Famed Shaw Brothers workhorse director Chang Cheh was at the helm of this 1971 production, The Duel, also known as Duel Of The Iron First and released in the U.S. on videotape as Duel Of The Shaolin Fist. As is typical with the director's output, the film deals with honor, loyalty, and violence with an emphasis put on the latter.
The film stars Ti Lung as Tang Jen Chieh who goes into exile when his father, a gang leader, is killed in a massacre at a restaurant. Things cool down in his absence and so he returns to the town a year or so later only to find that his former gang is now in cahoots with the thugs who murdered his father. Almost as soon as he sets foot in the town, all bets are off and he's forced to defend himself against an onslaught of knife wielding killers. While Tang is absent, his girlfriend, Hu-Die, or Butterfly (Ping Wang), turns to prostitution, so if constantly living under threat of attack wasn't bad enough, he's got that to deal with. Complicating matters even further for Tang is the presence of Chiang Nan, who everyone refers to as The Rambler (David Chiang), who Tang suspects is the true murderer of his father. As Tang and The Rambler basically stalk one another, the bodies pile up around them and the truth about the murder of Tang's father comes to light.
At the core of the story is a pretty hardboiled tale of cold blooded revenge, but there are enough twists and turns throughout the almost two hour running time that the film is never dull. When things start to slow down, plot wise, the film throws in one of its many massacres wherein a gang of knife wielding tough guys will take on another gang, or in more than a few scenes, show us how Tang Jen Chieh or The Rambler are tough enough, individually, to take down numerous opponents (most of whom are also knife wielding tough guys). There isn't a lot of one on one combat here nor is there a lot of traditional kung fu but there's a plethora of gang fights, carnage, bloodshed and arterial spray to keep fight fans on their toes and the edge of their collective seat.
Shot on the famed Shaw Studios lot, the film has that fantastic appearance to its sets that is so often associated with the studio's output during its heyday, but what sets this film apart from the countless others shot on the lot is the use of color and the way that it contrasts with shadows. It makes for a nice mix of film noir and pop art, and it's frequently set to a bizarre mish-mash of a soundtrack, large portions of which have obviously been culled from 2001: A Space Odyssey (you'll know it as soon as you hear it), among other films. Sometimes the music feels out of place or provides some unintentional comedic value, other times it fits perfectly, but this does result in some unevenness in terms of the film's tone.
Comparatively speaking, The Duel has more in common with Lung Wei Wang's 1985 picture Hong Kong Godfather than with some of Chang Cheh's better known films like The Five Deadly Venoms or The One Armed Swordsman. While thematically they might not seem so similar, in terms of pacing and particularly in terms of their depiction of criminal life, gang violence and the tragedy that often times accompanies those facets, they share many characteristics, indicating that Chang Cheh's picture might very well have been an influence on Lung Wei Wang's later effort.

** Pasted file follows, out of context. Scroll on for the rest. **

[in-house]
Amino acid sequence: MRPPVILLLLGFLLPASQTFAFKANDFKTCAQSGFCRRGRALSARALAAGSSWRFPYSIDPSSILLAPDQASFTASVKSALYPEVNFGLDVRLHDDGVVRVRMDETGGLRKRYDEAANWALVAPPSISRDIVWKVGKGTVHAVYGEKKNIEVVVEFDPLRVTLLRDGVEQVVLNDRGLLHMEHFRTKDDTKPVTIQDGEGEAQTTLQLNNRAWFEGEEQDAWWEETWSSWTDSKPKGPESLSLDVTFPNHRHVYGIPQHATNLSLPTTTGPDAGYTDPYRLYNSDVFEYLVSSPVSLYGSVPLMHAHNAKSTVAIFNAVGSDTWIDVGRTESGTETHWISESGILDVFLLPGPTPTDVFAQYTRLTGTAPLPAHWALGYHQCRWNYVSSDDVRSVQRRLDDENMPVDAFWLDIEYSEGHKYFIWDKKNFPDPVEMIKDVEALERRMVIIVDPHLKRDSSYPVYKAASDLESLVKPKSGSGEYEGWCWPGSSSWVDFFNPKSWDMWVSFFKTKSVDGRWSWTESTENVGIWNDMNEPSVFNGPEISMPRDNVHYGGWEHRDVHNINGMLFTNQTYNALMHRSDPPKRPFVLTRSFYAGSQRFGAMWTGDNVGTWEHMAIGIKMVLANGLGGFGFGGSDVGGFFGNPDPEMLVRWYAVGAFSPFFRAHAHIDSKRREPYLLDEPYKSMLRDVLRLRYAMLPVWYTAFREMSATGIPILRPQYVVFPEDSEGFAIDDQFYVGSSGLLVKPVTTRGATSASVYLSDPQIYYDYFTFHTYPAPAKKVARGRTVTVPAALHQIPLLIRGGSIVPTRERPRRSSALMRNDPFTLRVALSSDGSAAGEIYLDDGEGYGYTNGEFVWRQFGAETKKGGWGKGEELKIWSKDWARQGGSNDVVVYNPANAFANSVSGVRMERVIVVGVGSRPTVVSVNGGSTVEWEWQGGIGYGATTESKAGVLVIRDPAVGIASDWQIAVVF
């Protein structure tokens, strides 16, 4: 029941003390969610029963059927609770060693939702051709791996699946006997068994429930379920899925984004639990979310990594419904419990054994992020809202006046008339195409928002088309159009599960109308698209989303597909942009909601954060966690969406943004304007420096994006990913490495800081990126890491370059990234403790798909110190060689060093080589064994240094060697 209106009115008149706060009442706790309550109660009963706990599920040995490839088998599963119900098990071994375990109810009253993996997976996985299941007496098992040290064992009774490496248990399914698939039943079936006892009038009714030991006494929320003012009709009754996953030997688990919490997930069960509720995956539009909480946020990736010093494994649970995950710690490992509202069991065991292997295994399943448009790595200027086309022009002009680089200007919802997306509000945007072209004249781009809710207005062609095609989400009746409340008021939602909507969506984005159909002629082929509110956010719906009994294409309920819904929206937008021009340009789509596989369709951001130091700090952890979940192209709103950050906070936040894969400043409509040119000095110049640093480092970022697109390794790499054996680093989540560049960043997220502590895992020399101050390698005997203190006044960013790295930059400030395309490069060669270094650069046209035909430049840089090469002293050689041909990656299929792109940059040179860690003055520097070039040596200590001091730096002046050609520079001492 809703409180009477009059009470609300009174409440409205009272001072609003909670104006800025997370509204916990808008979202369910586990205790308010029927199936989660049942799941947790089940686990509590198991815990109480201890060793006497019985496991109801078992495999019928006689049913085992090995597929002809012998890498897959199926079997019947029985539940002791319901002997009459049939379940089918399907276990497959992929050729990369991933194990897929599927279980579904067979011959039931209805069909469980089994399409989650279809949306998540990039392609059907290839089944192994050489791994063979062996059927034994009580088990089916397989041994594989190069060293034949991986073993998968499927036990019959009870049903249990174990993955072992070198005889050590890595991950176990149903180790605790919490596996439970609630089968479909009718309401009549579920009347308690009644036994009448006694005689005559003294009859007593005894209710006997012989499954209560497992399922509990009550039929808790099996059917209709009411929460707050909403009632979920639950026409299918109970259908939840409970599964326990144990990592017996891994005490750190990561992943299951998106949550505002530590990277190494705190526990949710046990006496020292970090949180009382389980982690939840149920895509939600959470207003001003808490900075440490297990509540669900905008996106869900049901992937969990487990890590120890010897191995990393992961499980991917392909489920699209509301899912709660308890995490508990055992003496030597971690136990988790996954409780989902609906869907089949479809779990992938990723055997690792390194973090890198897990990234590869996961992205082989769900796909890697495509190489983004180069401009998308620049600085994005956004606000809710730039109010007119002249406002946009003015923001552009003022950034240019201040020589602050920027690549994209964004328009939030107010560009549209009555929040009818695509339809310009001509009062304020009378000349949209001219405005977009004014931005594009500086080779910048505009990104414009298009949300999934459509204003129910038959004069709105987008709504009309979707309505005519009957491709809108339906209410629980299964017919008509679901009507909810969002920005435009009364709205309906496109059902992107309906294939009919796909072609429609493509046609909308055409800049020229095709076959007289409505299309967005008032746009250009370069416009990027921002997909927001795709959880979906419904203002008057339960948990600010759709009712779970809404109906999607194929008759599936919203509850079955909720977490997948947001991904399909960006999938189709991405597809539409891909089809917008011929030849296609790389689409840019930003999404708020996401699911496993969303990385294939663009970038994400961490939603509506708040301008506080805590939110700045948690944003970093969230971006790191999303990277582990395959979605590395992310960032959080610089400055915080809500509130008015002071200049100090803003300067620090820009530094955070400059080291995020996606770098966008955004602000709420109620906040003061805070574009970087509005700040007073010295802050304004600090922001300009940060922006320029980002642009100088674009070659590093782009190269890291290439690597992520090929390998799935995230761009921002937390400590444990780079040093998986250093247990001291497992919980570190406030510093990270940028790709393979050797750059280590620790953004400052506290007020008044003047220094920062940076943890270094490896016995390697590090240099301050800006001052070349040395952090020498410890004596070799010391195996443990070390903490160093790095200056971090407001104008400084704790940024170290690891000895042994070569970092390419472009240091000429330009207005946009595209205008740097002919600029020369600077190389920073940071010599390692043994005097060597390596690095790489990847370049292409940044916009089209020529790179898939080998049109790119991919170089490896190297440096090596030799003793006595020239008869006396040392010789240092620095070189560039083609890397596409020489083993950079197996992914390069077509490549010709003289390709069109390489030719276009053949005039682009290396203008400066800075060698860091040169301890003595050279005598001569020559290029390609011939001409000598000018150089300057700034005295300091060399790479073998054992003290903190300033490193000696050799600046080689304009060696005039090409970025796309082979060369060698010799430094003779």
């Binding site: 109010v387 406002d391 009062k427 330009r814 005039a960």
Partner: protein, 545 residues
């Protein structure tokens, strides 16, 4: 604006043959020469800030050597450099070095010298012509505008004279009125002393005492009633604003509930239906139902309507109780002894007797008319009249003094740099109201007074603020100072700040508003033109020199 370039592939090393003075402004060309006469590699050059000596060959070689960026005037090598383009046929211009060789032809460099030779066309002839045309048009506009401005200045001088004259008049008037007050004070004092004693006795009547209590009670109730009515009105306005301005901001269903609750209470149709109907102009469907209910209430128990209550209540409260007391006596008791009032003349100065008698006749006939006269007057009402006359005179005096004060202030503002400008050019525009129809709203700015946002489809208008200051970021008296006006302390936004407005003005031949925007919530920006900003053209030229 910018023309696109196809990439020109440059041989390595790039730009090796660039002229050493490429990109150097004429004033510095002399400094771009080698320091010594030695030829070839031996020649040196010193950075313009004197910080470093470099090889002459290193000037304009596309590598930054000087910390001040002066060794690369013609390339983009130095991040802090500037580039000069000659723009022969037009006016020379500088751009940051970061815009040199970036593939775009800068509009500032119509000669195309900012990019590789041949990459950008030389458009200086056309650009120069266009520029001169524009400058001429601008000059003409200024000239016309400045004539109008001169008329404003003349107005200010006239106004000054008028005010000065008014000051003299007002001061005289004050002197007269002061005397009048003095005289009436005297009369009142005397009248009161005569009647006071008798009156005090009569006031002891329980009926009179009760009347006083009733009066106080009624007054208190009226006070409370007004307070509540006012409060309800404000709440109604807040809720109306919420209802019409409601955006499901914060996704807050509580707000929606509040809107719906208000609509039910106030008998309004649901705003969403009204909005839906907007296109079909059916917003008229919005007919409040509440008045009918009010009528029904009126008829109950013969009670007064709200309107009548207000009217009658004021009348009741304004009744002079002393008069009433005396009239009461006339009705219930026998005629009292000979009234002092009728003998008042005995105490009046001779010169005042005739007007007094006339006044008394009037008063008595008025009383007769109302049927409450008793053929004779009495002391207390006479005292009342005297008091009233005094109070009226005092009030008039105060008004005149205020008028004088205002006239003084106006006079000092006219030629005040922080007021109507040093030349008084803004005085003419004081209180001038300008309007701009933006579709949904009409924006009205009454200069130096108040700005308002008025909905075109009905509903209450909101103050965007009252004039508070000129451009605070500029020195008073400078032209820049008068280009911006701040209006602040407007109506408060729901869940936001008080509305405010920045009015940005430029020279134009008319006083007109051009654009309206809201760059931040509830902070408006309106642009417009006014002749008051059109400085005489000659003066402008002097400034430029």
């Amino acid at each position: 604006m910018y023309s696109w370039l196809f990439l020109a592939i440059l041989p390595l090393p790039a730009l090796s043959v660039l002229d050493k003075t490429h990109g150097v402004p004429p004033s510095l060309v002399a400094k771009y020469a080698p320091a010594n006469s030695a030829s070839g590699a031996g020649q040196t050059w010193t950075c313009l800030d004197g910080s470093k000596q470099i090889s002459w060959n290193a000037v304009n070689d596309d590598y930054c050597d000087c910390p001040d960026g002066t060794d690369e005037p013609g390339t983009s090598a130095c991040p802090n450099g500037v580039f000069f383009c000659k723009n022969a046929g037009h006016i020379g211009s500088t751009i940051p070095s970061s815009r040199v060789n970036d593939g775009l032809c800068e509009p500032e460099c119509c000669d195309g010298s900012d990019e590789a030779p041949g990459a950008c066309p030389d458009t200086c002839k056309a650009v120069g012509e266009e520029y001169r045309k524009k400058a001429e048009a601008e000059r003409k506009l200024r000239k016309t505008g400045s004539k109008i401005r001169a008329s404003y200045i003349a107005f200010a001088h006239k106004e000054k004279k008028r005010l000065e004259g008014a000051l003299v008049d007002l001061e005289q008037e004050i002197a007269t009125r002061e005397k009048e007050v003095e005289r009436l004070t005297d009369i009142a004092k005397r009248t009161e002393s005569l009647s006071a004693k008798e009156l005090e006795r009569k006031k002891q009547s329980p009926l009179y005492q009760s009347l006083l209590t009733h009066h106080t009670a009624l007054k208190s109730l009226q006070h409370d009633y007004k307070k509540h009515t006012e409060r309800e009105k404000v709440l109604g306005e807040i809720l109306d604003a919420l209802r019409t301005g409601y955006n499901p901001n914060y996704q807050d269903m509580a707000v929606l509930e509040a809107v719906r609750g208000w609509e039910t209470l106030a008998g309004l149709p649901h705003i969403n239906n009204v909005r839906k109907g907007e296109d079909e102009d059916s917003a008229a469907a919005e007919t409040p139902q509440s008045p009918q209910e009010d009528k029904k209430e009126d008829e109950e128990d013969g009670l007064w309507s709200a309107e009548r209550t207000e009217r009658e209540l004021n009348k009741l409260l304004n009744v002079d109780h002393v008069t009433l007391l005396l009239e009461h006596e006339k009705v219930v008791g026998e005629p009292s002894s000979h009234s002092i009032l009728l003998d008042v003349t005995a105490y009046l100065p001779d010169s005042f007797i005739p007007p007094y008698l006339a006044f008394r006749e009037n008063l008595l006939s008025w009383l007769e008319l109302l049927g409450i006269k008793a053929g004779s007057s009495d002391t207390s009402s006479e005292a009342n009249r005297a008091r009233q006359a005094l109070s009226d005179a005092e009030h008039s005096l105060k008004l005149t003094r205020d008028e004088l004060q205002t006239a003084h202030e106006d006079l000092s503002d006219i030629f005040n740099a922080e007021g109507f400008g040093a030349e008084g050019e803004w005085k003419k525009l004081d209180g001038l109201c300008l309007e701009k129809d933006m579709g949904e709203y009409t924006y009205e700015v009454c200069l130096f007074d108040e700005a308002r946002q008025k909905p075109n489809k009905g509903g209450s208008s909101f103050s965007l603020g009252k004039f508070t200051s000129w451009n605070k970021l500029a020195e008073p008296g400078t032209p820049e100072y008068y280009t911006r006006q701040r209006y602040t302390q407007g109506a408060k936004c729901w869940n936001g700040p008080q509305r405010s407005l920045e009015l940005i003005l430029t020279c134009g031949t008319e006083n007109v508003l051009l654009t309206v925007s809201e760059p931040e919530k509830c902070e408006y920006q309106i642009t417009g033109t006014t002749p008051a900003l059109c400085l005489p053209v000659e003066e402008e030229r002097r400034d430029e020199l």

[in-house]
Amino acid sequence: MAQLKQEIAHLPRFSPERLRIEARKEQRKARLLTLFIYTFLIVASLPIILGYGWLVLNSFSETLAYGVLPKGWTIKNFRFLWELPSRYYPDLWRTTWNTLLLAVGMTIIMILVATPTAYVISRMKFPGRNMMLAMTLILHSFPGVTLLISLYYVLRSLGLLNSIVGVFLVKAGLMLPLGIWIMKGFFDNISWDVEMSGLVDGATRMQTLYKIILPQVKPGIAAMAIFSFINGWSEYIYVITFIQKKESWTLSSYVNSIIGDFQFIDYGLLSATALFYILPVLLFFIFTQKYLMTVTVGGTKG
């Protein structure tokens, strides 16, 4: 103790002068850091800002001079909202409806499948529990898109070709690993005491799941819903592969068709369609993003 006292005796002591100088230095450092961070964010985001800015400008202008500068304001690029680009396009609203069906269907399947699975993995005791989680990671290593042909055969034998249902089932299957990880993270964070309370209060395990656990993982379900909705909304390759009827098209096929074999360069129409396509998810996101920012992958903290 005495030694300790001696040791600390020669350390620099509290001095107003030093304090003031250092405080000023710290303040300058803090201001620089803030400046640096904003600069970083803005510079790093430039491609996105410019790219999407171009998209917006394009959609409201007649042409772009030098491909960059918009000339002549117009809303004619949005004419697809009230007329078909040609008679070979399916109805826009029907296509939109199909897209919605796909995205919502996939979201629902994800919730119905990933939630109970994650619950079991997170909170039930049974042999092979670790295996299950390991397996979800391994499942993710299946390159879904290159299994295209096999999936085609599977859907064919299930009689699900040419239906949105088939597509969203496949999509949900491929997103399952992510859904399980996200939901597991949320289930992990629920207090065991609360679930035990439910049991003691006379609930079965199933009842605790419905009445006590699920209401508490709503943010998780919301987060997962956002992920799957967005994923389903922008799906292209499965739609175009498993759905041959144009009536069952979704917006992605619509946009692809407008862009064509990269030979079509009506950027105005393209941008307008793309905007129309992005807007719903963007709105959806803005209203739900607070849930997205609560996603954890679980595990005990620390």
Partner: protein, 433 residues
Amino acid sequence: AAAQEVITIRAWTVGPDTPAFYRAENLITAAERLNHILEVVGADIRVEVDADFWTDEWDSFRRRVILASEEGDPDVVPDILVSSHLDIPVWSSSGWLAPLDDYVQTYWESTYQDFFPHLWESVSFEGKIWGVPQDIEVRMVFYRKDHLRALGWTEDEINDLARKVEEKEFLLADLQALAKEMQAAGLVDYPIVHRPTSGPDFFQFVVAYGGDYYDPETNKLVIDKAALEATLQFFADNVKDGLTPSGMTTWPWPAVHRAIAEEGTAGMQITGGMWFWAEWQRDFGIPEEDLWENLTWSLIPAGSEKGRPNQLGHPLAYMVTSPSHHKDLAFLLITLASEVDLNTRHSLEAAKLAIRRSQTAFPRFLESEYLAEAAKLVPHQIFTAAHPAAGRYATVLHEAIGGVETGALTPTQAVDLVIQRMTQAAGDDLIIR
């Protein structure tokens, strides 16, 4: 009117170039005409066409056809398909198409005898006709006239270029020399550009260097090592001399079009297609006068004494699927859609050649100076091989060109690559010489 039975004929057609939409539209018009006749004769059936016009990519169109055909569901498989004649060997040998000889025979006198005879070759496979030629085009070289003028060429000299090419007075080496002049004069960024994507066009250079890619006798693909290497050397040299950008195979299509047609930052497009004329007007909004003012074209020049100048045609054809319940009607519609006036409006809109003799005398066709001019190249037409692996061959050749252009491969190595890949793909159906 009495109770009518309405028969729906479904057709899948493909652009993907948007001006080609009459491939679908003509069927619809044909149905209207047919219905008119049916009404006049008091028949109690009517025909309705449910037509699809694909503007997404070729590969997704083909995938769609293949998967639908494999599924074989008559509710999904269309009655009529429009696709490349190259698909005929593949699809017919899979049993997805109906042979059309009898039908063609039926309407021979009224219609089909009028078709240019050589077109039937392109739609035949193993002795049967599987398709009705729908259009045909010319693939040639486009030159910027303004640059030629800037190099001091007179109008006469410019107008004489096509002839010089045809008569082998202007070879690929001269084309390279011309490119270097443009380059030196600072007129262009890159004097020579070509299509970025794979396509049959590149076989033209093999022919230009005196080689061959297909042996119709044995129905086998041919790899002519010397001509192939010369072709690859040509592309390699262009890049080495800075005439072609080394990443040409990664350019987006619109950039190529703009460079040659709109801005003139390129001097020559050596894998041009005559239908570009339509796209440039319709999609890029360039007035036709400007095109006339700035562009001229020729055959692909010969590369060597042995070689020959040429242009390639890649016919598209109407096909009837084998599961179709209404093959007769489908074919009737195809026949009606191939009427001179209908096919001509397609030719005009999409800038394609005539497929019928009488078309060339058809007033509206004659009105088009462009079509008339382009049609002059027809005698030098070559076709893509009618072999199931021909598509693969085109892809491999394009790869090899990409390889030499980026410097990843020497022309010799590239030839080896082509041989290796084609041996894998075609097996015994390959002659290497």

In terms of the performances, the supporting cast are all fine but this is really Ti Lung and David Chiang's show all the way. Chiang in particular looks awkwardly smooth in his black suit and with his slicked back jet black hair, waving his way mysteriously through the plot. Ti Lung's character is more traditional in appearance and stature and he fits the part well, but Chiang's character is the more memorable and interesting of the two. All involved bring their A game, however, and the film is as well cast as it is fast paced, exciting, and wonderfully entertaining.
The Duel arrives on DVD in a progressive scan anamorphic 2.35.1 widescreen transfer this is generally a strong effort from Funimation. A little bit of print damage shows up here and there but otherwise the source material used for this disc has been very nicely restored. Colors are bright and bold and garish, just as they should be, and they really bring out the splendor of the various costumes used in the movie. What looks to be some mild edge enhancement pops up here and there but aliasing and compression artifacts are never a problem.
The Mandarin language Dolby Digital mono mix is well balanced and easy to follow since the optional English subtitles are easy to read and free of any typographical errors, though there are spots where the sound effects are a bit higher in the mix then they probably needed to be. The score sounds good, never overpowering the performers, while the sound effects are presented at the proper volume as well. It's not a track that will amaze you, but it definitely sounds as good as it needs to. An optional English language Dolby Digital Mono dub is also provided.
Extras are disappointingly light, limited to a few trailers for unrelated Funimation releases and a forced promo spot for their Shaw Brothers line that plays before you can get to the main menu screen (which also offers chapter selection).
The Duel is a tense, exciting and gleefully violent tale of revenge and redemption. David Chiang and Ti Lung's performances are great and Chang Cheh's direction as fast paced and exciting as his reputation would have you expect. Funimation's DVD release is typically (and consistently disappointingly) light on extra features, but the audio and the video quality are both quite good and this release comes recommended.
Ian lives in NYC with his wife where he writes for DVD Talk, runs Rock! Shock! Pop!. He likes NYC a lot, even if it is expensive and loud.